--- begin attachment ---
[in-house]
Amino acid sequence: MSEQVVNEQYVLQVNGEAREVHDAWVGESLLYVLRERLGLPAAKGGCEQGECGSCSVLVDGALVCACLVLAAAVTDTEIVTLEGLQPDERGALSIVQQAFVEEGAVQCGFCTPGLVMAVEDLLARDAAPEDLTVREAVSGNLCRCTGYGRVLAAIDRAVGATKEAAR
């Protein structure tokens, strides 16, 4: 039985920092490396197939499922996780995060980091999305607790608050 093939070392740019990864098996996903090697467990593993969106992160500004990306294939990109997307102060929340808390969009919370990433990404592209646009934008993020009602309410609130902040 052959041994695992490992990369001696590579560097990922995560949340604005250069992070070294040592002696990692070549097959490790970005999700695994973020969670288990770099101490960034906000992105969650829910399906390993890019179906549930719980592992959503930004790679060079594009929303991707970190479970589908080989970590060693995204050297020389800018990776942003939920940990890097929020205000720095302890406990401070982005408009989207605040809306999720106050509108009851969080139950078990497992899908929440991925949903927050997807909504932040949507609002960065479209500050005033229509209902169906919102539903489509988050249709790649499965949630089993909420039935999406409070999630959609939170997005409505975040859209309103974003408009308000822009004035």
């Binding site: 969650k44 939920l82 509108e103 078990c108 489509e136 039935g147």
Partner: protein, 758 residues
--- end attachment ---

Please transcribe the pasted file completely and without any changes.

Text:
[in-house]
Amino acid sequence: MSEQVVNEQYVLQVNGEAREVHDAWVGESLLYVLRERLGLPAAKGGCEQGECGSCSVLVDGALVCACLVLAAAVTDTEIVTLEGLQPDERGALSIVQQAFVEEGAVQCGFCTPGLVMAVEDLLARDAAPEDLTVREAVSGNLCRCTGYGRVLAAIDRAVGATKEAAR
């Protein structure tokens, strides 16, 4: 039985920092490396197939499922996780995060980091999305607790608050 093939070392740019990864098996996903090697467990593993969106992160500004990306294939990109997307102060929340808390969009919370990433990404592209646009934008993020009602309410609130902040 052959041994695992490992990369001696590579560097990922995560949340604005250069992070070294040592002696990692070549097959490790970005999700695994973020969670288990770099101490960034906000992105969650829910399906390993890019179906549930719980592992959503930004790679060079594009929303991707970190479970589908080989970590060693995204050297020389800018990776942003939920940990890097929020205000720095302890406990401070982005408009989207605040809306999720106050509108009851969080139950078990497992899908929440991925949903927050997807909504932040949507609002960065479209500050005033229509209902169906919102539903489509988050249709790649499965949630089993909420039935999406409070999630959609939170997005409505975040859209309103974003408009308000822009004035």
């Binding site: 969650k44 939920l82 509108e103 078990c108 489509e136 039935g147």
Partner: protein, 758 residues